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Green within green
Beware the sleepwalkers
Sleepwalking is an evocative image, existing in that liminal zone of consciousness, simultaneously present and absent. The dreamworld seeping into the real, or the inverse, with pressures of waking life intruding upon rest.
Somnambulism is a condition that captures an odd, unnerving combination of agency without conscious volition. Acting without being fully aware of one’s actions. It was in this sense that Hannah Arendt suggested, ‘unthinking men are like sleepwalkers’, warning of the dangers that come from not being awake to the necessity of thought.
Yet sleepwalking can also convey a general sense of disorder, of things not being as they should be. In Shakespeare, Lady Macbeth’s sleepwalking is taken as a sign of a tormented soul. Her behaviour at night betrays an unsettled mind: she is not completely thoughtless, it would be easier if she was. Lady Macbeth’s condition is different from that Arendt describes, with her conscious being partially aware but unable to completely suppress her feelings of guilt.
Doctor: You see, her eyes are open.
Gentlewoman: Ay, but their sense is shut.
It is instructive that Lady Macbeth’s sleepwalking generates a profound sense of unease in her onlookers. There is a recognition that things are not as they should be. This scene is powerfully conveyed in the stark black and white of Joel Coen’s recent rendition, The Tragedy of Macbeth.
We don’t know black from white any longer. Everything’s topsy-turvy.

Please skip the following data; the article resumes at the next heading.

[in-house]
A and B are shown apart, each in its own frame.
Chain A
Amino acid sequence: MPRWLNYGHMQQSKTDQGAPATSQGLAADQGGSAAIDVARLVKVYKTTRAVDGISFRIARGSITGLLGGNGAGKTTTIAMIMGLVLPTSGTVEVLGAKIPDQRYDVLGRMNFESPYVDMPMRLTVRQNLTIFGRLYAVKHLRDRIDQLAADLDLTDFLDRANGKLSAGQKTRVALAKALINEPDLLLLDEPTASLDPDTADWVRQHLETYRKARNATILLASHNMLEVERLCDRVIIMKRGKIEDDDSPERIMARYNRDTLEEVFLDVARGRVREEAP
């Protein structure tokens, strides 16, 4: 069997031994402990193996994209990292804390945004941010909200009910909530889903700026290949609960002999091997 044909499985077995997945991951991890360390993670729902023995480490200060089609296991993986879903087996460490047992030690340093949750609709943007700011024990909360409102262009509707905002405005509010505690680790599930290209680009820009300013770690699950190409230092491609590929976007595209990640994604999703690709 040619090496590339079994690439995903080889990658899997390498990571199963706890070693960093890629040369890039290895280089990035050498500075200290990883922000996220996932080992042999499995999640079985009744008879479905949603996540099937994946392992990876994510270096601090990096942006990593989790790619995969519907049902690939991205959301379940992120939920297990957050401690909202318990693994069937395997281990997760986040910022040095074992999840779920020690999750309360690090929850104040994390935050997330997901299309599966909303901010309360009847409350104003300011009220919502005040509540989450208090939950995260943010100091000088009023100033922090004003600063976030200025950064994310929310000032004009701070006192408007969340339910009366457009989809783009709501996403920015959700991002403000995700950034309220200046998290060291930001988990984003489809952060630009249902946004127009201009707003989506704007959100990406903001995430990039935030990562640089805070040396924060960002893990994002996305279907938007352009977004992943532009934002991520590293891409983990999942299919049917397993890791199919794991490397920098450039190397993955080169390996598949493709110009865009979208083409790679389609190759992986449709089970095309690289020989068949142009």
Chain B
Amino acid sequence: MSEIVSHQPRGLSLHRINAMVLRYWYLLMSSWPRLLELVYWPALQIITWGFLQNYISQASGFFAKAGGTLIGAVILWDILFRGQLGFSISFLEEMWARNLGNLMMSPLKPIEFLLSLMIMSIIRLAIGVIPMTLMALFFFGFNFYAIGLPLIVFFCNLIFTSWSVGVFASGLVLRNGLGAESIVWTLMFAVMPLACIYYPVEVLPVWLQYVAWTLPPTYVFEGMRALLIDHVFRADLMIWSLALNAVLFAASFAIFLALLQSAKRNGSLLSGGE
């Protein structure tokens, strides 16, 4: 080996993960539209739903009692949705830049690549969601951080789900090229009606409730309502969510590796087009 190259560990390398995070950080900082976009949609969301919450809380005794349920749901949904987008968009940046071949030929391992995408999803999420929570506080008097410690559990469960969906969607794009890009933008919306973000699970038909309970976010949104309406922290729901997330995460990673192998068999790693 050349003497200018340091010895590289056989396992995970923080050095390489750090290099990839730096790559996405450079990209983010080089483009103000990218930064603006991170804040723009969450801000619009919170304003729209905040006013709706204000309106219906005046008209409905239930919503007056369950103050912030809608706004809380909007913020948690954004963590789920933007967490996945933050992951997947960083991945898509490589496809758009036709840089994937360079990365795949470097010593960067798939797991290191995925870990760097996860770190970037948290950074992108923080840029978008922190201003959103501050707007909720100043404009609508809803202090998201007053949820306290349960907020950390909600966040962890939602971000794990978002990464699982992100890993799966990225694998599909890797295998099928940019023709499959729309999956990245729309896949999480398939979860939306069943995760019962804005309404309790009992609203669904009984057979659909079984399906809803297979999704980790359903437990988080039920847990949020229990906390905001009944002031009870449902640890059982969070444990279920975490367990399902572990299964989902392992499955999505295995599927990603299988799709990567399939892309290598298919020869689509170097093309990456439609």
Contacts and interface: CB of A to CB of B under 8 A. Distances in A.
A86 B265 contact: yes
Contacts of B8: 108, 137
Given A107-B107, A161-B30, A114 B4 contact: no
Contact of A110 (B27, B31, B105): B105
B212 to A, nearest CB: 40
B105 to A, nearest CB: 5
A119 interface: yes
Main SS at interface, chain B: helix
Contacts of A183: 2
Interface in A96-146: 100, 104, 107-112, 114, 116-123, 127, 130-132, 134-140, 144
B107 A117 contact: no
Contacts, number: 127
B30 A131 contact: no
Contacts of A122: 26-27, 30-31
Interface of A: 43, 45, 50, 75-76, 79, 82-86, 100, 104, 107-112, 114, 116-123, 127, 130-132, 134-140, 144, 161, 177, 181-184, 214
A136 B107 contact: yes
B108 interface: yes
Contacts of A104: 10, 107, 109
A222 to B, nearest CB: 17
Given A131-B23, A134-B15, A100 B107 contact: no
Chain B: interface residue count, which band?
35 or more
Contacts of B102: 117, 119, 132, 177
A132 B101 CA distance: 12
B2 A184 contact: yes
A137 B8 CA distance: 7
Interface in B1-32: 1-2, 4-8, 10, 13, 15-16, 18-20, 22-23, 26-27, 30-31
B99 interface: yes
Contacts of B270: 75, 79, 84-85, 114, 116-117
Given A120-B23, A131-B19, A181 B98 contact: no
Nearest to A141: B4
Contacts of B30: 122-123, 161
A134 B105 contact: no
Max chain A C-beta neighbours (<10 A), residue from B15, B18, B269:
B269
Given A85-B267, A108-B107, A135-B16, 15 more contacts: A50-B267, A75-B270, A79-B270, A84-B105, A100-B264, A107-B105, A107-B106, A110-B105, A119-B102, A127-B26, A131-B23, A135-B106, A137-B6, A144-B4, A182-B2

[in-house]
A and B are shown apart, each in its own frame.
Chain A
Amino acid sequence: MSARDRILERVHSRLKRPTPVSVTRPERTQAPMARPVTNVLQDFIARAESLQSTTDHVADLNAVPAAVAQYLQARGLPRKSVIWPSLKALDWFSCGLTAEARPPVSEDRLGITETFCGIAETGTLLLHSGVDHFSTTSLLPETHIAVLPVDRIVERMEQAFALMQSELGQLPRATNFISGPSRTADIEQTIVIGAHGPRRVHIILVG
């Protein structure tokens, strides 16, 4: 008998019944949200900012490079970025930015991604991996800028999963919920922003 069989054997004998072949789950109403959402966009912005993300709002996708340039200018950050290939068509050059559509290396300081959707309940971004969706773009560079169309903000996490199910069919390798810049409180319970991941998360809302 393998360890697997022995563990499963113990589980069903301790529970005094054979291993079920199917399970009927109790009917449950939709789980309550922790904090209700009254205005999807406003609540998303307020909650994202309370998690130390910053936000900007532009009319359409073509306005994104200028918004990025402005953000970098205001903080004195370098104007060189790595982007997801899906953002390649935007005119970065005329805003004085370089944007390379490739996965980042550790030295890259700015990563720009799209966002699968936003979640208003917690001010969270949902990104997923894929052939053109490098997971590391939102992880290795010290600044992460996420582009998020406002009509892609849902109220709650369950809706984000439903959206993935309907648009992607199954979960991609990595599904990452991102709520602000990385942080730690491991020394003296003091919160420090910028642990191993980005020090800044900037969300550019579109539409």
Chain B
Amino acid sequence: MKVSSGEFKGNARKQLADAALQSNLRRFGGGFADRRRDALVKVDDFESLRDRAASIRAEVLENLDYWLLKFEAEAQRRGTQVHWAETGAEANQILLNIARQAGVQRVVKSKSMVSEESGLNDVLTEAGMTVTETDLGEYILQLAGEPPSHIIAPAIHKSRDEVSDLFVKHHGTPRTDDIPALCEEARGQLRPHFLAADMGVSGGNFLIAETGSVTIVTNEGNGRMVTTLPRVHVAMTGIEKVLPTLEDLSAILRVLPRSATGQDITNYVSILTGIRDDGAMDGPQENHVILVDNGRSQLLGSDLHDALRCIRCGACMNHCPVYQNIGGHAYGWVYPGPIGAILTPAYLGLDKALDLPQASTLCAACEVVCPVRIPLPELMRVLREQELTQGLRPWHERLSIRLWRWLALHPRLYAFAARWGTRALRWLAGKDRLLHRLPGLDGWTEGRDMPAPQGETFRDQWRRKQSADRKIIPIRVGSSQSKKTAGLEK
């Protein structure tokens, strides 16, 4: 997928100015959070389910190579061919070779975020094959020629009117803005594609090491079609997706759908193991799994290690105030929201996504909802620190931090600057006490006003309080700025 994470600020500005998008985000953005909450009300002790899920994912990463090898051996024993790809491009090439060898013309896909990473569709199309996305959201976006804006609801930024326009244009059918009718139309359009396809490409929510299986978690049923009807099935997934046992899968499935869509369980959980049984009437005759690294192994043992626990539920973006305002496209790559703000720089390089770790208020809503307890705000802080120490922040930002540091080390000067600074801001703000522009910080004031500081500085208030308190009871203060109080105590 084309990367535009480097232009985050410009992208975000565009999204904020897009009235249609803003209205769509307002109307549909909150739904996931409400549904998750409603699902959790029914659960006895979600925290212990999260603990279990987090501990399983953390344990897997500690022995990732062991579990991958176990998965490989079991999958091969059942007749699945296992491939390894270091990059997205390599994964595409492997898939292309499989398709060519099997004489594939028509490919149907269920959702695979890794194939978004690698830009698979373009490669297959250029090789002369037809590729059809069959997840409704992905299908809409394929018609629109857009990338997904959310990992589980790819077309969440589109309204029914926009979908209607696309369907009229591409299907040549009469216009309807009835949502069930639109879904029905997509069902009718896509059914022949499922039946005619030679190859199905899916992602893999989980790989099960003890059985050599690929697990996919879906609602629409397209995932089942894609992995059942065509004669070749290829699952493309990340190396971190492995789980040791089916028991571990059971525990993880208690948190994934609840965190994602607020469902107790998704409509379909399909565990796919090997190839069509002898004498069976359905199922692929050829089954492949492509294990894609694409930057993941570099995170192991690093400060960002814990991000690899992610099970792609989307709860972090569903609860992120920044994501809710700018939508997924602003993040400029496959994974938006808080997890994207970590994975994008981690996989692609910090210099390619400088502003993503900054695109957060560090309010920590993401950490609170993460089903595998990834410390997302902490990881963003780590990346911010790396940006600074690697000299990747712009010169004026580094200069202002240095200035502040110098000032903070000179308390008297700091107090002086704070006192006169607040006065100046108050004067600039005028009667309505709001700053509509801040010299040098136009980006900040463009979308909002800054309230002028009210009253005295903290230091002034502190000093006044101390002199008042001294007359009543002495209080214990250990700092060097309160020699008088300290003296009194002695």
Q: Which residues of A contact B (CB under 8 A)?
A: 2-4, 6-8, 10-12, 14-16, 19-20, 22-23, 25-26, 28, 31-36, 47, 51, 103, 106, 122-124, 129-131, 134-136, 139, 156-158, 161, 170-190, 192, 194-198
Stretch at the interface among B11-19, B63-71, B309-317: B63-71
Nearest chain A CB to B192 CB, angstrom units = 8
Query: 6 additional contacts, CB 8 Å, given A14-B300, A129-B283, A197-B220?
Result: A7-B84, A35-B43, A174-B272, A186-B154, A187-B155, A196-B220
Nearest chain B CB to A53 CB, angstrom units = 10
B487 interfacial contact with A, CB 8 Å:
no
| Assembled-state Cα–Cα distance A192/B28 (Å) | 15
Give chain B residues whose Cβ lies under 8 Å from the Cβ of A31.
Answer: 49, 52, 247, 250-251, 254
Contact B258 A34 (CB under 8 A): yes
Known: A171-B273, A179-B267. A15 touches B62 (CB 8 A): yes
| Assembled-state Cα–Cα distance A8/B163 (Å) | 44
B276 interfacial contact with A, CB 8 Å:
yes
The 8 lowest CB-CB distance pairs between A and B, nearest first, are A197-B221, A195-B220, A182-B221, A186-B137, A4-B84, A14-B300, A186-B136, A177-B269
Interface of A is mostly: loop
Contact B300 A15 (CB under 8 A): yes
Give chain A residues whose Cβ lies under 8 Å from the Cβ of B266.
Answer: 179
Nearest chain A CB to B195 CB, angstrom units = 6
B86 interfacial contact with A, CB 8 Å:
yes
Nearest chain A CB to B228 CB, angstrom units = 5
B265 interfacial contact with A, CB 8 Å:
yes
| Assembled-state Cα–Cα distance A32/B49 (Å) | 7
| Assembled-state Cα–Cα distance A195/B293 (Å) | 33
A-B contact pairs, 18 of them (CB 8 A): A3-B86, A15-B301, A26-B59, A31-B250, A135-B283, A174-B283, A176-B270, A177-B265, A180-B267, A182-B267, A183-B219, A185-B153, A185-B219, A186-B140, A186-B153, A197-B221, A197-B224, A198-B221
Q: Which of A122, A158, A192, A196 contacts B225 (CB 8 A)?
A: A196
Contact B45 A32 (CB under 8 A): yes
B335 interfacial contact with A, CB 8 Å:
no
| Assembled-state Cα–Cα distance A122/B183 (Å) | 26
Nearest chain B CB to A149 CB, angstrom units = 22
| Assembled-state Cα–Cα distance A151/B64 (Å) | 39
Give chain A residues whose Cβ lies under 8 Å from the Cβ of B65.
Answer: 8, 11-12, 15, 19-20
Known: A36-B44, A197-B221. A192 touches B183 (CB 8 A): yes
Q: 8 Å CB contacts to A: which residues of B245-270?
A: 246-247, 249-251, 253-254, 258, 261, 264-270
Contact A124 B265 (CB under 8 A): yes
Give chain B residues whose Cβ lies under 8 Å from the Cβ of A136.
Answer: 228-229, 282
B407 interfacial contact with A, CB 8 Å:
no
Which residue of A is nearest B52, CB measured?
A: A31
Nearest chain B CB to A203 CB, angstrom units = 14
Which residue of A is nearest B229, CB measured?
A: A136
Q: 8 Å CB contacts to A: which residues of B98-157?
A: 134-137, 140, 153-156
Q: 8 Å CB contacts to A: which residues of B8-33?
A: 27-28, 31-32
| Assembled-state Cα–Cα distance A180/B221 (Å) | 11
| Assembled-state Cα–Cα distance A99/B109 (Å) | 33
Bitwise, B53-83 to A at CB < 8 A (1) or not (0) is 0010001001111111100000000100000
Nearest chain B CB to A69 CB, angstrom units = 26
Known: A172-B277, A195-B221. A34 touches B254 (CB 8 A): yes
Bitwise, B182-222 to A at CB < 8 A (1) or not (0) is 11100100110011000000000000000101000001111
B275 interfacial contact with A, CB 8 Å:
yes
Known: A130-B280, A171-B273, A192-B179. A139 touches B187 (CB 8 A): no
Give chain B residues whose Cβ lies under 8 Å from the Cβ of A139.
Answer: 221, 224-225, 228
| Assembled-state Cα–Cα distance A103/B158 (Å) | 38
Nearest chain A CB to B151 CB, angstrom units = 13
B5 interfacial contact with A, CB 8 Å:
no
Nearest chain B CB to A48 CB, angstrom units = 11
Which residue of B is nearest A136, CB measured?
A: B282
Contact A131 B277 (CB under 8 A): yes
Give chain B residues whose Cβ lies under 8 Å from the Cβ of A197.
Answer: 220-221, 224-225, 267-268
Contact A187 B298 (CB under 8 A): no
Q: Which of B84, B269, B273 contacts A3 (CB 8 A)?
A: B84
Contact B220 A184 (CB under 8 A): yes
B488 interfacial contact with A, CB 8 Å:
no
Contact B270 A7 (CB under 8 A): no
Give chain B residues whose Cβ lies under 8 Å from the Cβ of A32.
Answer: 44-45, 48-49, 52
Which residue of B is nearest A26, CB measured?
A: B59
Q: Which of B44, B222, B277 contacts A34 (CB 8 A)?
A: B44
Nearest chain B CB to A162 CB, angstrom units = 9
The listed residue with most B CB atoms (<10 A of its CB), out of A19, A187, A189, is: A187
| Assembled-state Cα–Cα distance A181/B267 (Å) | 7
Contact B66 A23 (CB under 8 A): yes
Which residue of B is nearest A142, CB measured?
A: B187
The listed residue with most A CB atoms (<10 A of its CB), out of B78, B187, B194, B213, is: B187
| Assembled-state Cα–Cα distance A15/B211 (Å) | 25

This line is from Hermann Broch’s, The Sleepwalkers, which is consumed by the problem of the loss of order and meaning, a time where reality stops making sense. It captures that fin de siècle combination of things breaking down and speeding up, of which there are now eery echoes:
Amid a blurring of all forms, in a twilight of apathetic uncertainty brooding over a ghostly world, man like a lost child gropes his way by the help of a small frail thread of logic through a dream landscape that he calls reality and that is nothing but a nightmare to him.
In this harsh rendering, we are collectively both Lady Macbeth and her onlookers: ‘we feel the totality to be insane, but for each single life we can easily discover logical guiding motives.’ The world is simultaneously fine and broken, normal and absurd.
The motif also appears in Federico García Lorca’s ‘Sleepwalking Ballad’, an evocative poem that captures part of the strangeness of the condition, its meaning simultaneously present and diffuse. Supposedly Salvador Dali said of the poem, ‘it seems to have a story, but actually it has none.’ Indeed, this is a judgment that could be applied to much in the world.
Green, how I want you green.
Green wind. Green branches.
No longer black and white. Tragedy and death, hope and love: there are many meanings ascribed to the colour of green in this work. Lorca said the poem would ‘always have changing lights, even for me, the man who communicated it.’ Changing lights, and yet, there is the motif of green. Why green?
Green, how I want you green,
green wind, green branches.
The Chinese poet Bei Dao reflected that Lorca was the influence for Mang Ke’s long-lost poem, ‘green within green’. Perhaps the poem is spoken in the garden of Liu Shilong. Somehow this image makes sense, verse lost in colour, meaning blurred in mystery, imagination merged with memory. The green within green must surely be jade. Here I recall a description from Junichiro Tanizaki, In Praise of Shadows:
the cloudy translucence, like that of jade; the faint, dreamlike glow that suffuses it, as if it had drunk into its very depths the light of the sun; the complexity and profundity of the colour.
As Minerva’s greys blend with dreamlike hues of jade, sleepwalking captures something about the present moment: the queasy mix of recognition and unease, agency without awareness, things not being as they should be.